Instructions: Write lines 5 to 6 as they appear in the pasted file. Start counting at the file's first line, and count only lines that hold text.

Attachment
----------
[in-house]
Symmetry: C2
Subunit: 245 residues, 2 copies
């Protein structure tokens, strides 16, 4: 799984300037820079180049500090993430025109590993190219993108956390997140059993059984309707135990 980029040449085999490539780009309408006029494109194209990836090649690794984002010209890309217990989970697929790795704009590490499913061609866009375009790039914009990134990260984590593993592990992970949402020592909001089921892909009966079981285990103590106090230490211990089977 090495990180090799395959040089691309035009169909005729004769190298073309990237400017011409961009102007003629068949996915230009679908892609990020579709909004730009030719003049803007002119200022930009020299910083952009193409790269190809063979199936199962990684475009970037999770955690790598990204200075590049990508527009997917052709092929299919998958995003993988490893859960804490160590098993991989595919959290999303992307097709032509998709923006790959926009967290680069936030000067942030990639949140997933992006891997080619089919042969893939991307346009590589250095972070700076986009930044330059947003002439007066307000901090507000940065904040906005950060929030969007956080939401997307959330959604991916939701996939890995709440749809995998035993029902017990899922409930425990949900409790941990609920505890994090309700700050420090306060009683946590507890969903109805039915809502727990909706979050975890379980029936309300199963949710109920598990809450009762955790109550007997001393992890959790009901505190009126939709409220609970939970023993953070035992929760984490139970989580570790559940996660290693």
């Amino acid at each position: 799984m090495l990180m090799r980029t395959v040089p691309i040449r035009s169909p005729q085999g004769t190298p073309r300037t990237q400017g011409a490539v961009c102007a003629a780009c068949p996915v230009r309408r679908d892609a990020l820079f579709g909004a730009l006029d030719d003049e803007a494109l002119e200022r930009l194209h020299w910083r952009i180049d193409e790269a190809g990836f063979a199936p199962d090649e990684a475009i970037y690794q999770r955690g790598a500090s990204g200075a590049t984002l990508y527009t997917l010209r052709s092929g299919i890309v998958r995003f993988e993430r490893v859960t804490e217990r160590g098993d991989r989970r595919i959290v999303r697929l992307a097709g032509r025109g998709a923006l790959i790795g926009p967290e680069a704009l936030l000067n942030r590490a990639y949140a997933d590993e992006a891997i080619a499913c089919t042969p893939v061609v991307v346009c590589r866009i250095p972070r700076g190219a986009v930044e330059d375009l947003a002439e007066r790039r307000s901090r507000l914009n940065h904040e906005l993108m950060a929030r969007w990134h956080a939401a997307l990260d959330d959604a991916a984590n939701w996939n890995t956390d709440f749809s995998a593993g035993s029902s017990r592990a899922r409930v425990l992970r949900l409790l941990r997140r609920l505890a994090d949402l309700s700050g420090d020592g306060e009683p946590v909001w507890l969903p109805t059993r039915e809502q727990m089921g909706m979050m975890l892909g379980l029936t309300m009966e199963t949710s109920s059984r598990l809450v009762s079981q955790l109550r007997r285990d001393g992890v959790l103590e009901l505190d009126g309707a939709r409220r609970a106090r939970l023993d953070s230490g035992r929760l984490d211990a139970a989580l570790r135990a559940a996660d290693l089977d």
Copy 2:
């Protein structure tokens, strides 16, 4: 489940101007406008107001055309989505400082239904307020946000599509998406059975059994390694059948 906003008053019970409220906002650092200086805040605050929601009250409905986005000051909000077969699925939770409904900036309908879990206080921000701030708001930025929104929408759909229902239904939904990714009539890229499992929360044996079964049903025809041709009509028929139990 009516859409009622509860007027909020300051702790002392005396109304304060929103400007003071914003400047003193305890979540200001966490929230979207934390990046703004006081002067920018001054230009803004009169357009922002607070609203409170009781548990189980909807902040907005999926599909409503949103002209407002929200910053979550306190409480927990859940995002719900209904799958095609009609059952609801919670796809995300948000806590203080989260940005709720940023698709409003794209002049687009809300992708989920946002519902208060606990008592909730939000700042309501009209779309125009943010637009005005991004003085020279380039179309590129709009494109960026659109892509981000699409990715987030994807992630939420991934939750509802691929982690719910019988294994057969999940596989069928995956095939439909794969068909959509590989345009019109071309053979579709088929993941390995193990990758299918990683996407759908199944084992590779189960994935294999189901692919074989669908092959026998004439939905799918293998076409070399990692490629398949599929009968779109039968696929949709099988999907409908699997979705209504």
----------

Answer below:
């Amino acid at each position: 799984m090495l990180m090799r980029t395959v040089p691309i040449r035009s169909p005729q085999g004769t190298p073309r300037t990237q400017g011409a490539v961009c102007a003629a780009c068949p996915v230009r309408r679908d892609a990020l820079f579709g909004a730009l006029d030719d003049e803007a494109l002119e200022r930009l194209h020299w910083r952009i180049d193409e790269a190809g990836f063979a199936p199962d090649e990684a475009i970037y690794q999770r955690g790598a500090s990204g200075a590049t984002l990508y527009t997917l010209r052709s092929g299919i890309v998958r995003f993988e993430r490893v859960t804490e217990r160590g098993d991989r989970r595919i959290v999303r697929l992307a097709g032509r025109g998709a923006l790959i790795g926009p967290e680069a704009l936030l000067n942030r590490a990639y949140a997933d590993e992006a891997i080619a499913c089919t042969p893939v061609v991307v346009c590589r866009i250095p972070r700076g190219a986009v930044e330059d375009l947003a002439e007066r790039r307000s901090r507000l914009n940065h904040e906005l993108m950060a929030r969007w990134h956080a939401a997307l990260d959330d959604a991916a984590n939701w996939n890995t956390d709440f749809s995998a593993g035993s029902s017990r592990a899922r409930v425990l992970r949900l409790l941990r997140r609920l505890a994090d949402l309700s700050g420090d020592g306060e009683p946590v909001w507890l969903p109805t059993r039915e809502q727990m089921g909706m979050m975890l892909g379980l029936t309300m009966e199963t949710s109920s059984r598990l809450v009762s079981q955790l109550r007997r285990d001393g992890v959790l103590e009901l505190d009126g309707a939709r409220r609970a106090r939970l023993d953070s230490g035992r929760l984490d211990a139970a989580l570790r135990a559940a996660d290693l089977d």
Copy 2: